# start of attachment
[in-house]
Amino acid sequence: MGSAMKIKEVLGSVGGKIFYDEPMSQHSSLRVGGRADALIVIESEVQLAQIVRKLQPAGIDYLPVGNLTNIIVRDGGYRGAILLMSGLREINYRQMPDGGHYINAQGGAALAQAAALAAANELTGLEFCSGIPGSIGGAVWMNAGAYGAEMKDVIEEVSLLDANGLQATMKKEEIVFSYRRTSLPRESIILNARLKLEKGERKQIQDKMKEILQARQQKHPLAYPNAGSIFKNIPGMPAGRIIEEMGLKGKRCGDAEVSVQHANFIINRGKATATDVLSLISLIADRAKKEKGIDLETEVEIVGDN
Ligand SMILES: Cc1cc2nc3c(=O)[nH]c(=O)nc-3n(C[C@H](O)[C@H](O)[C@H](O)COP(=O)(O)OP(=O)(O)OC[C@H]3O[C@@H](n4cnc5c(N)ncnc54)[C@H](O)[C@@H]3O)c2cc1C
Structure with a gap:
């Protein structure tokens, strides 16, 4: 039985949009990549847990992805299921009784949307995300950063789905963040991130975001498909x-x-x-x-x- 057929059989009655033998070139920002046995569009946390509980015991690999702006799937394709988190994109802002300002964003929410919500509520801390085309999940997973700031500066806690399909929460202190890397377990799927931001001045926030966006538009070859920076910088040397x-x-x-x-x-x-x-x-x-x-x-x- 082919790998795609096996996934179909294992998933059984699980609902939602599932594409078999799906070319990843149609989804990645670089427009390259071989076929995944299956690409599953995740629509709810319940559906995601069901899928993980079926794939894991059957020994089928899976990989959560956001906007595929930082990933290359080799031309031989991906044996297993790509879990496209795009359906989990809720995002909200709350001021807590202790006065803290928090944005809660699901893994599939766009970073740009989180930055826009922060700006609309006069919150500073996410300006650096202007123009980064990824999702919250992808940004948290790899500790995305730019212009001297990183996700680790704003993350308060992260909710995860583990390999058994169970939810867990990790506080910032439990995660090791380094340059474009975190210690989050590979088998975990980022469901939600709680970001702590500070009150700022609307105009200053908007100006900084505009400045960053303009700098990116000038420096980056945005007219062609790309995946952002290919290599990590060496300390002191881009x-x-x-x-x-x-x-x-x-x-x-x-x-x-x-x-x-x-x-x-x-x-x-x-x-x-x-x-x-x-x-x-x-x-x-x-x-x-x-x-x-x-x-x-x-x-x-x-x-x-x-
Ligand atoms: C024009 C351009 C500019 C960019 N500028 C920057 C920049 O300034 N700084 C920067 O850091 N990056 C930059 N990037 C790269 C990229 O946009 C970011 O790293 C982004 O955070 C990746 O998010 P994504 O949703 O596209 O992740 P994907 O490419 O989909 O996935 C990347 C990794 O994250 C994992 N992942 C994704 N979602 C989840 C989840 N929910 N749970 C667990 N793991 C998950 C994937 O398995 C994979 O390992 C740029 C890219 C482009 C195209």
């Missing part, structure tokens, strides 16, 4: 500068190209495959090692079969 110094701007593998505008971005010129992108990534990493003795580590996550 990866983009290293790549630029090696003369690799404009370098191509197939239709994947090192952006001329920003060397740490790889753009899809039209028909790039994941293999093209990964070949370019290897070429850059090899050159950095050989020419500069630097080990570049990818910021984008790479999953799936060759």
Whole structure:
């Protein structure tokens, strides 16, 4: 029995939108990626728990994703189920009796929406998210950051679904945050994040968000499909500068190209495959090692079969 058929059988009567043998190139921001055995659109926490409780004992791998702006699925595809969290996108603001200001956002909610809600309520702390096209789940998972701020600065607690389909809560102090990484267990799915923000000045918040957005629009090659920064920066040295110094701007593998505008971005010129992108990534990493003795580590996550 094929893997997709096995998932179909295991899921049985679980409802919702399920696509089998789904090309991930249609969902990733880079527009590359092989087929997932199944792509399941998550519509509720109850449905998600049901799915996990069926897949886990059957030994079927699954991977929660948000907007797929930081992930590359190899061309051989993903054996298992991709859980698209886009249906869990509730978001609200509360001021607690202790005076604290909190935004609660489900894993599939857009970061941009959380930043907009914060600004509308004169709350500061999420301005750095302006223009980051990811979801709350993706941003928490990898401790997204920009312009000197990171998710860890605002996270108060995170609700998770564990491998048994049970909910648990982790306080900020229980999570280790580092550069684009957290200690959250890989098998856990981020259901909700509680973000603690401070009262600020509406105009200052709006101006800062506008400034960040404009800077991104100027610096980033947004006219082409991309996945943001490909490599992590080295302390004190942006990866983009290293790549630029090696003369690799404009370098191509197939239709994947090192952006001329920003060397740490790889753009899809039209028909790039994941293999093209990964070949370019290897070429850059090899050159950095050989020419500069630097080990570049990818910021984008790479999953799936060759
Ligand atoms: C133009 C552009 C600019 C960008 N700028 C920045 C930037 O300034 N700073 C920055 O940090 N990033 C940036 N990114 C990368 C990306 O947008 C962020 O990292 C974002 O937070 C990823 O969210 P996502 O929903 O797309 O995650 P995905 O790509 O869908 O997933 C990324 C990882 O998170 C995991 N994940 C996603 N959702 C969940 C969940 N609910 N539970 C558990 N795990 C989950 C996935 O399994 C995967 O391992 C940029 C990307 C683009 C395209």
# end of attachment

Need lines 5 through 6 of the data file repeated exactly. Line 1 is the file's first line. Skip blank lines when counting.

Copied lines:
């Protein structure tokens, strides 16, 4: 039985949009990549847990992805299921009784949307995300950063789905963040991130975001498909x-x-x-x-x- 057929059989009655033998070139920002046995569009946390509980015991690999702006799937394709988190994109802002300002964003929410919500509520801390085309999940997973700031500066806690399909929460202190890397377990799927931001001045926030966006538009070859920076910088040397x-x-x-x-x-x-x-x-x-x-x-x- 082919790998795609096996996934179909294992998933059984699980609902939602599932594409078999799906070319990843149609989804990645670089427009390259071989076929995944299956690409599953995740629509709810319940559906995601069901899928993980079926794939894991059957020994089928899976990989959560956001906007595929930082990933290359080799031309031989991906044996297993790509879990496209795009359906989990809720995002909200709350001021807590202790006065803290928090944005809660699901893994599939766009970073740009989180930055826009922060700006609309006069919150500073996410300006650096202007123009980064990824999702919250992808940004948290790899500790995305730019212009001297990183996700680790704003993350308060992260909710995860583990390999058994169970939810867990990790506080910032439990995660090791380094340059474009975190210690989050590979088998975990980022469901939600709680970001702590500070009150700022609307105009200053908007100006900084505009400045960053303009700098990116000038420096980056945005007219062609790309995946952002290919290599990590060496300390002191881009x-x-x-x-x-x-x-x-x-x-x-x-x-x-x-x-x-x-x-x-x-x-x-x-x-x-x-x-x-x-x-x-x-x-x-x-x-x-x-x-x-x-x-x-x-x-x-x-x-x-x-
Ligand atoms: C024009 C351009 C500019 C960019 N500028 C920057 C920049 O300034 N700084 C920067 O850091 N990056 C930059 N990037 C790269 C990229 O946009 C970011 O790293 C982004 O955070 C990746 O998010 P994504 O949703 O596209 O992740 P994907 O490419 O989909 O996935 C990347 C990794 O994250 C994992 N992942 C994704 N979602 C989840 C989840 N929910 N749970 C667990 N793991 C998950 C994937 O398995 C994979 O390992 C740029 C890219 C482009 C195209």